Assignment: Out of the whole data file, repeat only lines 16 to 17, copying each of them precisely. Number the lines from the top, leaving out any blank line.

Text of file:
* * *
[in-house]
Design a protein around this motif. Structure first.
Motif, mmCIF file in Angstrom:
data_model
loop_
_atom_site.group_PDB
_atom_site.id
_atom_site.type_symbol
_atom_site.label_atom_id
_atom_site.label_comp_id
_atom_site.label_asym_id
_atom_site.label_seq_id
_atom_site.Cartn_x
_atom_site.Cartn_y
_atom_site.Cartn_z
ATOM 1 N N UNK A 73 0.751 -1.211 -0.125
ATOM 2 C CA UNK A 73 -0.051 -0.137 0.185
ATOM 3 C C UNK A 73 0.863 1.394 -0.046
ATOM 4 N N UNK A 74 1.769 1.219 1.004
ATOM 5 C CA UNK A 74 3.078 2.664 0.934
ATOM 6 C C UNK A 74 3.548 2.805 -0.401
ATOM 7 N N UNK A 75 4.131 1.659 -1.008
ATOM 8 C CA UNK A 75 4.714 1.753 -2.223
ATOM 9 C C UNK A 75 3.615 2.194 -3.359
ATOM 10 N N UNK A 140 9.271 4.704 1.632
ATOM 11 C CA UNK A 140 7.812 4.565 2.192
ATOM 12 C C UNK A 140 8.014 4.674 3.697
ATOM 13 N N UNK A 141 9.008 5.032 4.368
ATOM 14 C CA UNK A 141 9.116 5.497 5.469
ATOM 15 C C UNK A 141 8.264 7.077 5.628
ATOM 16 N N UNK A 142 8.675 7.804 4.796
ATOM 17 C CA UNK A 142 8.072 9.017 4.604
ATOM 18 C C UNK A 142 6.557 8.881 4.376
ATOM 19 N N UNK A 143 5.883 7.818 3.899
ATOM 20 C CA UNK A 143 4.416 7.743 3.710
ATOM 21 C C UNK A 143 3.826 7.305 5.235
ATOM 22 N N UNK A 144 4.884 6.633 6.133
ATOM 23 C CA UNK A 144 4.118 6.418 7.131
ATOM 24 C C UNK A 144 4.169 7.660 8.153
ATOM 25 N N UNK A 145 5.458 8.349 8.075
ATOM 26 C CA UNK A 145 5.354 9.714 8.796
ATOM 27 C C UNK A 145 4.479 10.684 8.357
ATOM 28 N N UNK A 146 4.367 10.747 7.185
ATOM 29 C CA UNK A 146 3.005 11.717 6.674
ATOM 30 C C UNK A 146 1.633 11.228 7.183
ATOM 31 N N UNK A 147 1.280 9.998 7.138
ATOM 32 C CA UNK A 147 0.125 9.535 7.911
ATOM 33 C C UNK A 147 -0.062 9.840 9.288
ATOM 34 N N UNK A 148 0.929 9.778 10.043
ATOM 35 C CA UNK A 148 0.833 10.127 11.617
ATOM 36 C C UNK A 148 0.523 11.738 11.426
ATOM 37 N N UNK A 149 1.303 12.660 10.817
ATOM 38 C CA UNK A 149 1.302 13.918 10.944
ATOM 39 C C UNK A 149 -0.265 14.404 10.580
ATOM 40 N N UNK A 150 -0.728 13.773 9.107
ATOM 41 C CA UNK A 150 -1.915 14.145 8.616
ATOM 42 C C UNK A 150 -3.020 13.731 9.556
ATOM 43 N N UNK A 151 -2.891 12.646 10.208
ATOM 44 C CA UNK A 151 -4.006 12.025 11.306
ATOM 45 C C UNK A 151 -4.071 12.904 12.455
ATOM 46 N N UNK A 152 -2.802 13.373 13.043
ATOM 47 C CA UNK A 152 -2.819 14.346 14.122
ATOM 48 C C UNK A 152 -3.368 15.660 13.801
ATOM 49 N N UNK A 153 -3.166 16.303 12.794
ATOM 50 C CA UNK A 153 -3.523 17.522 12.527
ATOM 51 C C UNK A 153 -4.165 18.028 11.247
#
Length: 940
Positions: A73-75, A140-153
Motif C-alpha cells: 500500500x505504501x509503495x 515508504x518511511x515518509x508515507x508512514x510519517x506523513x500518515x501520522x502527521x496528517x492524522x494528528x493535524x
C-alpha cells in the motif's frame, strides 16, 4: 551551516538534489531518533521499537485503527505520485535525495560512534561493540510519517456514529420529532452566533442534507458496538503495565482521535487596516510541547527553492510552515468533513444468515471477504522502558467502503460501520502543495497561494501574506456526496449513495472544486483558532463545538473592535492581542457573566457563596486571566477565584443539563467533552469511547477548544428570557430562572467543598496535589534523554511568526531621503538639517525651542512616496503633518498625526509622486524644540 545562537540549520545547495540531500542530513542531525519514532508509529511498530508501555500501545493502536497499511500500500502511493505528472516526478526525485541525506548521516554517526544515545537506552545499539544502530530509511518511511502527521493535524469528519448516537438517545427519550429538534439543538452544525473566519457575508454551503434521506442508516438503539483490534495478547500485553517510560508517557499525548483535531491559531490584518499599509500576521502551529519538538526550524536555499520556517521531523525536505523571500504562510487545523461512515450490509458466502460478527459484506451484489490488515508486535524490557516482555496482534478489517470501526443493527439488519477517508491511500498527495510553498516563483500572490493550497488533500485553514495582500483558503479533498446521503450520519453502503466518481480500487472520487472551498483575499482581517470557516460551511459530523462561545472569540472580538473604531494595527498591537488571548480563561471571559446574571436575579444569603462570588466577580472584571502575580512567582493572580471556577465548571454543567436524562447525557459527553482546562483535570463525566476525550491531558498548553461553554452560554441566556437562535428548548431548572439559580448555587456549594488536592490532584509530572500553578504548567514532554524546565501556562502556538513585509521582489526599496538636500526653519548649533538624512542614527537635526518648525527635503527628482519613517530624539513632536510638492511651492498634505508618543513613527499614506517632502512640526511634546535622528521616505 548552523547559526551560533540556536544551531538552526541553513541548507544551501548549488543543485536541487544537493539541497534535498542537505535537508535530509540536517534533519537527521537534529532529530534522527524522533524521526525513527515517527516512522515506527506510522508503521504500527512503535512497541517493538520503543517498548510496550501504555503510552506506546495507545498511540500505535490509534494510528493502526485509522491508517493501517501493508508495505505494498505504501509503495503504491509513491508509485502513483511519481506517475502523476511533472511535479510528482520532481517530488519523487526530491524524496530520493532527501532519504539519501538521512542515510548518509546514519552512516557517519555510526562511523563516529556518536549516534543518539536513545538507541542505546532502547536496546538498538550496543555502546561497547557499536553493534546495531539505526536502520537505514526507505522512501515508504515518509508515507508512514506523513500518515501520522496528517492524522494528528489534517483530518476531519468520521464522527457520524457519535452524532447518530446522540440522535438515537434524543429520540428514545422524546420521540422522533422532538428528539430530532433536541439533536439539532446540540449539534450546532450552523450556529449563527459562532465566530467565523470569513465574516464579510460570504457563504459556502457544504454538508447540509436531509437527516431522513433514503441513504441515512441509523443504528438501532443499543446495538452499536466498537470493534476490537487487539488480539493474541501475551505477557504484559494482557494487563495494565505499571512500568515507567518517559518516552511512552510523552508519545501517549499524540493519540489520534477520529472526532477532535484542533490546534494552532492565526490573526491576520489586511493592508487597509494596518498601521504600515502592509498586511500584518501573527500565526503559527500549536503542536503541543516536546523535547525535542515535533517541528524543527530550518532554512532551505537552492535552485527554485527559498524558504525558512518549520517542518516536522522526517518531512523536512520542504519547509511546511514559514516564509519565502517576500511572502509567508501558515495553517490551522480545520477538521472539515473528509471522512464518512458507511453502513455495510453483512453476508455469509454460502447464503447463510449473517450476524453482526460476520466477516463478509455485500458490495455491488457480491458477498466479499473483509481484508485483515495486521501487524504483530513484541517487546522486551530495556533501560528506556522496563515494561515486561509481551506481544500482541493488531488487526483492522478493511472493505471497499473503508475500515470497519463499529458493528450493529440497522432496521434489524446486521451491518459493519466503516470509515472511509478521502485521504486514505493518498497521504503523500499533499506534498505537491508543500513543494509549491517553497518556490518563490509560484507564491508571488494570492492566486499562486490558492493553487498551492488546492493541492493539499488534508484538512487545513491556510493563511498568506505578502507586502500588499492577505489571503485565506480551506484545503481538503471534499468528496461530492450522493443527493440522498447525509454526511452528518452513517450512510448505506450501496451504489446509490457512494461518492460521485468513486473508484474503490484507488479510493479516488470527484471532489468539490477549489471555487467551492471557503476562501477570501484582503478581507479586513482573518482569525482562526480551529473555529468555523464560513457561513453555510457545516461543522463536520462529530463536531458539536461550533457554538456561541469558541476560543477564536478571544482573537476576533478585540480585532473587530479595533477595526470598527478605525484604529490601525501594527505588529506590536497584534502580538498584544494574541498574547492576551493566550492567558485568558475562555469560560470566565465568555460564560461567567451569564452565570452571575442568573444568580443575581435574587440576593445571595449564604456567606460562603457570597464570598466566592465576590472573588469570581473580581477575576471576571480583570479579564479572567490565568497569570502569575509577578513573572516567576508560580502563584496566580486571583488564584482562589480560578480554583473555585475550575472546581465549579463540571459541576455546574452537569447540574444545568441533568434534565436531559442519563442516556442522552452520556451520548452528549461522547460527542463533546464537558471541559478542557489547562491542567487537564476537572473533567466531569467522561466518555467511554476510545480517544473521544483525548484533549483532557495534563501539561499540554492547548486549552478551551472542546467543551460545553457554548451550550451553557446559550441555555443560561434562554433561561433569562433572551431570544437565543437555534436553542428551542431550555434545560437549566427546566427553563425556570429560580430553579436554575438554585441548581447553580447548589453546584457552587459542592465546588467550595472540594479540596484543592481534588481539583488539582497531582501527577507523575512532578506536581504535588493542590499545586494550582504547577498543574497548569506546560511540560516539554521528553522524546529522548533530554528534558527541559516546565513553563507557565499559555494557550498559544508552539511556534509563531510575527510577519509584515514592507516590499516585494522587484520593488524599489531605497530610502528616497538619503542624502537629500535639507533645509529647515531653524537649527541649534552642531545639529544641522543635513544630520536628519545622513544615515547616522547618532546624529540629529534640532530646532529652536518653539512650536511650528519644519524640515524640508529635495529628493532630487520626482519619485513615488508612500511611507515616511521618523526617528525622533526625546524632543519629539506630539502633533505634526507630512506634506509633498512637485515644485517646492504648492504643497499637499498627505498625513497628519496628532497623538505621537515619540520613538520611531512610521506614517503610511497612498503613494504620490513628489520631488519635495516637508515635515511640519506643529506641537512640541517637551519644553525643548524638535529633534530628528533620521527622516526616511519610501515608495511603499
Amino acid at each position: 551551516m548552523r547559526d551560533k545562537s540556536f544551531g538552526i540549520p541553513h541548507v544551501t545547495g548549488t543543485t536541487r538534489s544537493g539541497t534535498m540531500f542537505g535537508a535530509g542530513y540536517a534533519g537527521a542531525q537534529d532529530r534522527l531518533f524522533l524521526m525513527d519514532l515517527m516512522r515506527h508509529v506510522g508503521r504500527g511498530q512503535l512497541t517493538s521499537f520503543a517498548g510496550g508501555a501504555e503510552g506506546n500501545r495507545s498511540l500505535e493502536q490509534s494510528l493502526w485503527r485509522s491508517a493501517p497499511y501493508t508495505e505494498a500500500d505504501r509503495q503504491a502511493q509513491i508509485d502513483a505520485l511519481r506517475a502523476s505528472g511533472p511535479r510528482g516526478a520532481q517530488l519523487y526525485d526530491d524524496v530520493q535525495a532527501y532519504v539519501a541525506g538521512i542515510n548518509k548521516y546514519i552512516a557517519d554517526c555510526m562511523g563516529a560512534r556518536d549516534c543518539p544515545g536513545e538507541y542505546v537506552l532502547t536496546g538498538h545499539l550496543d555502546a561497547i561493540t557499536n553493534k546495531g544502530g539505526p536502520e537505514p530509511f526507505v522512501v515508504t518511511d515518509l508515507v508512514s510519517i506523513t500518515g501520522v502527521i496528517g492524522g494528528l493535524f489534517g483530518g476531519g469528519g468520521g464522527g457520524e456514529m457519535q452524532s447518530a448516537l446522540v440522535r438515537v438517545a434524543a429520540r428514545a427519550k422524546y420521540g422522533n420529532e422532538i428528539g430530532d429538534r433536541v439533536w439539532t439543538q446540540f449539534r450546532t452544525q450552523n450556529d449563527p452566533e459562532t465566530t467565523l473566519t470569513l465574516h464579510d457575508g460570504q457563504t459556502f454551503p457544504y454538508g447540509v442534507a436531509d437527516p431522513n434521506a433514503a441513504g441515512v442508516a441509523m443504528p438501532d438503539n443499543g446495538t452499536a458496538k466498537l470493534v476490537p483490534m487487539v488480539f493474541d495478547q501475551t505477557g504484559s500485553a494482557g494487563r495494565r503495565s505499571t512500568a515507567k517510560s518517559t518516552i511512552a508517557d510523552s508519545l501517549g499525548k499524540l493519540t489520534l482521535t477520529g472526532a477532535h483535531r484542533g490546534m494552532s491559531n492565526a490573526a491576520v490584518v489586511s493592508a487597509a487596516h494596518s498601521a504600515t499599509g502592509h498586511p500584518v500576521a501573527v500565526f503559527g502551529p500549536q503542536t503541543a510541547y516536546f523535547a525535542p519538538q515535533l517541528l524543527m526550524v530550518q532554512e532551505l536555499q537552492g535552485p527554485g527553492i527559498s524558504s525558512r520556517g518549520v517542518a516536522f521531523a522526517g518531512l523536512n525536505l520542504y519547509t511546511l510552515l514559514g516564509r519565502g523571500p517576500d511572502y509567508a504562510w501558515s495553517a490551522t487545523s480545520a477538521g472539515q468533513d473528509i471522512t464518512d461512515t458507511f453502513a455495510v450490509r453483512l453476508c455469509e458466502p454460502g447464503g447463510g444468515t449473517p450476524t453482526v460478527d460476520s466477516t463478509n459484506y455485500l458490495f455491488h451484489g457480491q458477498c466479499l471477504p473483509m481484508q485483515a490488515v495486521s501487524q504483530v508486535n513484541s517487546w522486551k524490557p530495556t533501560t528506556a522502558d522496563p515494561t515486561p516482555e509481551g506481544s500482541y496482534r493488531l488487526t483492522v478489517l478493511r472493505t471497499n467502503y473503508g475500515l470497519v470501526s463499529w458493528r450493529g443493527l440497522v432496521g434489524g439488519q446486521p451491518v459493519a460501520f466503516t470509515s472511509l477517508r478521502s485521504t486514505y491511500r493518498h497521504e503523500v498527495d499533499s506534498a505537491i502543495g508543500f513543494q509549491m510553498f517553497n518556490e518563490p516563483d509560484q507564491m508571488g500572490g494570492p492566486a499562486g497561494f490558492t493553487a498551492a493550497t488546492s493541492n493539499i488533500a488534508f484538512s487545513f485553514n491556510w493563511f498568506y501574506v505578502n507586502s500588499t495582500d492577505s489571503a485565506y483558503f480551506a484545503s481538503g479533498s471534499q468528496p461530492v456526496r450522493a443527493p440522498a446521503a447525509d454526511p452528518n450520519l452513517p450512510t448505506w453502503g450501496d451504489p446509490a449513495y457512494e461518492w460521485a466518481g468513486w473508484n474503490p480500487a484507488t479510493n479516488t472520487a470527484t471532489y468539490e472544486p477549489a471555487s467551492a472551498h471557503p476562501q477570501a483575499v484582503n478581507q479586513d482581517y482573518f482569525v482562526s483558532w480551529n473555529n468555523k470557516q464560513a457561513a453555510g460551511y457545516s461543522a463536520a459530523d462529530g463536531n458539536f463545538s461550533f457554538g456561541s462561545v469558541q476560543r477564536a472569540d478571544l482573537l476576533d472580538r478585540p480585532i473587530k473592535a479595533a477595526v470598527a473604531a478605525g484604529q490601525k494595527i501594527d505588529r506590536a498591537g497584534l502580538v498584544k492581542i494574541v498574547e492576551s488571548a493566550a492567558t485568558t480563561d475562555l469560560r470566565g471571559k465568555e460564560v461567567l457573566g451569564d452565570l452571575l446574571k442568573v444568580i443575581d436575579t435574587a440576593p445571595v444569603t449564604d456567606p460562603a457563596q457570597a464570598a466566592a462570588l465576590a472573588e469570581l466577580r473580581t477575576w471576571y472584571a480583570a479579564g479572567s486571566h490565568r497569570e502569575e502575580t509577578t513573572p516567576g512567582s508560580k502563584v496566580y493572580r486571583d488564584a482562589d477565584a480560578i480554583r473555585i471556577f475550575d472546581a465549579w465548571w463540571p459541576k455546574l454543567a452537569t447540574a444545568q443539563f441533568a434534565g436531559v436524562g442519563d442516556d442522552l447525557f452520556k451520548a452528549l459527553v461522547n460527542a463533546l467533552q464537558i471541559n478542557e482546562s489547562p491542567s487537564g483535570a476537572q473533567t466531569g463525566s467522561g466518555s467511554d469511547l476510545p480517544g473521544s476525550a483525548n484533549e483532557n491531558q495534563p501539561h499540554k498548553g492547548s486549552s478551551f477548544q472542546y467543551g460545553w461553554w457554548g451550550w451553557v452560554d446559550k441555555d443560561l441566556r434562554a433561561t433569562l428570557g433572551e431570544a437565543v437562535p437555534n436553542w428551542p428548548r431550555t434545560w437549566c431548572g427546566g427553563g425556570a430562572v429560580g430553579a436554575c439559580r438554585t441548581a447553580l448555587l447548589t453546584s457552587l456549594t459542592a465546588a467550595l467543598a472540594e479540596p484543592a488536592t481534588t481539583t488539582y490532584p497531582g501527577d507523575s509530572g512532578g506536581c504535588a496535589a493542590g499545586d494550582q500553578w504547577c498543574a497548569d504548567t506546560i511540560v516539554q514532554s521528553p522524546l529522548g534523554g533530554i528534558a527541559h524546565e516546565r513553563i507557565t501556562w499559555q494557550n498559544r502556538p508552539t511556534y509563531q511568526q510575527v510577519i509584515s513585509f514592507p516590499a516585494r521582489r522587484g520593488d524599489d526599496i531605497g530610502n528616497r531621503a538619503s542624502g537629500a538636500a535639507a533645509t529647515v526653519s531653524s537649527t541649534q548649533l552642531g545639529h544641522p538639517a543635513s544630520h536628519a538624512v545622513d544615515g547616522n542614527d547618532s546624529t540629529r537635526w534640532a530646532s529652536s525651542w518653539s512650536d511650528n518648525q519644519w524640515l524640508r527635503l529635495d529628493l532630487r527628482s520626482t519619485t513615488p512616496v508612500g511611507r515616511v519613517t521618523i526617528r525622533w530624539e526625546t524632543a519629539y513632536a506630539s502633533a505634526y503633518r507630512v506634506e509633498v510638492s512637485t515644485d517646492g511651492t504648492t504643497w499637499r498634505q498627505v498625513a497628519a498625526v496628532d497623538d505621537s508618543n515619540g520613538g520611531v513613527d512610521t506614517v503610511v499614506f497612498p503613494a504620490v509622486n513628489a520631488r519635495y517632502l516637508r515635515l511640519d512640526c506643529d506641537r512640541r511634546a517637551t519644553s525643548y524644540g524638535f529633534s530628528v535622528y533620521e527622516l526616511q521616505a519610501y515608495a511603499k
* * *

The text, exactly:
ATOM 1 N N UNK A 73 0.751 -1.211 -0.125
ATOM 2 C CA UNK A 73 -0.051 -0.137 0.185